REFERENCES AND BIBLIOGRAPHY
Kendall, M.G. & Stuart,
A. Advanced Theory of Statistics: (1969)
Vol. 1 Distribution Theory; (1973) Vol. 2 Inference and
(1976) Vol. 3 Design and Analysis, and Time-Series, Charles Griffin,
London. A massive piece of scholarship; heavy going, but many worked
Siegel, S., 1956.
Nonparametric Statistics for the Behavioural
Sciences, McGraw Hill Kogakusha, Tokyo. Elementary in the extreme; a
mine of information on non-parametric methods. No theory or
justification at all, but many references to the original
papers. Everything illustrated by thoroughly worked examples.
The Fontana Dictionary of
Modern Thought 1976, Eds Bullock, A. &
Stallybrass, O., Fontana Books, London. Filled with interesting things,
most of which have nothing to do with (and are far more fascinating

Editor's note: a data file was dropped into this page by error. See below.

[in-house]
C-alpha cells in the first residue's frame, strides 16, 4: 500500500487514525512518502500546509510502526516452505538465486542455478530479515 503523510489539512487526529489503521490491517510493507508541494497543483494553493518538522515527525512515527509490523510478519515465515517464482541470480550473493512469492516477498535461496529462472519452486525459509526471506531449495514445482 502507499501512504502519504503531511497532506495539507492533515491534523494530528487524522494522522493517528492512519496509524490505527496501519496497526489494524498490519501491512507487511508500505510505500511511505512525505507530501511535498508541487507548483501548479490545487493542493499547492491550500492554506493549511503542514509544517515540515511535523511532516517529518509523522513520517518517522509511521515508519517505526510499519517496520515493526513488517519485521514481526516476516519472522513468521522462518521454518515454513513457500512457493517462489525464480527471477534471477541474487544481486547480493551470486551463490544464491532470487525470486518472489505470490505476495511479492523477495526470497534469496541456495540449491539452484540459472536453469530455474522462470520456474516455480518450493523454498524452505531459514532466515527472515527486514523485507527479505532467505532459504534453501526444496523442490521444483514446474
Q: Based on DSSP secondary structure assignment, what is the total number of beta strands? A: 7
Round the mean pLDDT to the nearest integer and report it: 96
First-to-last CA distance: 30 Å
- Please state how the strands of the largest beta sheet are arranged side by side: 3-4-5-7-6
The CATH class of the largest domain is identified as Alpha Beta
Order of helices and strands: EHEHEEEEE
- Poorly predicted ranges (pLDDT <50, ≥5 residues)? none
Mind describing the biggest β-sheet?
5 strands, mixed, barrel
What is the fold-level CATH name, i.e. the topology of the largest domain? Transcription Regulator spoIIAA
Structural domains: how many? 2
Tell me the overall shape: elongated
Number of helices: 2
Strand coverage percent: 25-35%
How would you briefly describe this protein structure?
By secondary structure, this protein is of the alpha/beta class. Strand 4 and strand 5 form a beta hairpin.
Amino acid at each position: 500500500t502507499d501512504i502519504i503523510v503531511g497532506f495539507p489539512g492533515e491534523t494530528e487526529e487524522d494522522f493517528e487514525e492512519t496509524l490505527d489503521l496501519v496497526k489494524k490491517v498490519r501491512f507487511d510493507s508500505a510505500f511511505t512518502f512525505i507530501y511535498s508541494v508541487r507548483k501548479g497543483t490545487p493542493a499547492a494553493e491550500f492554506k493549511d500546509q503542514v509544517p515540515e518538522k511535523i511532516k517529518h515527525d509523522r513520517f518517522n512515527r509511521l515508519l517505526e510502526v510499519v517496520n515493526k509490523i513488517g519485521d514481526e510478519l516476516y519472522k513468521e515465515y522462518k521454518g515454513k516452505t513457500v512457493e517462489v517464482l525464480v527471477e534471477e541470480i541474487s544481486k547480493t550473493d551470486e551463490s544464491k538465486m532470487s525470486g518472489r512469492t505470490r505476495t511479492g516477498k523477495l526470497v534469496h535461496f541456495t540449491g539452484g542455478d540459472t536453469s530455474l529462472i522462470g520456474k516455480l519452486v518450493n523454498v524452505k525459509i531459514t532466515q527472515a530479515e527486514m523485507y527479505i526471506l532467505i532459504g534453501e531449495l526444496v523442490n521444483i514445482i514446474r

1971. Statistics for Physicists, Academic Press,
London. Very concise, readable and fairly rigorous; a number of worked
1968. Astrophys. J., 152, 647.
Davenport, W.B. & Root, W.L.,
1958. An Introduction to the Theory
of Random Signals and Noise, McGraw-Hill, New York.
Schwartz, M. & Shaw, L.,
1975. Signal Processing: Discrete Spectral
Analysis, Detection, and Estimation, McGraw-Hill, New York. Both these
works contain much information on statistical/information/sampling
theory, autocorrelation, physics of noise, etc.
1959. IRE Trans. Space Electron. Telem. SET-5, p. 33.
1969. Data Reduction and Error Analysis for the
Physical Sciences, McGraw-Hill, New York. An extremely useful book,
elementary, very readable, with straightforward (but non-rigorous)
justifications and explanations, many worked and many relevant computer
1973. Proc. astr. Soc. Aust., 2, 195.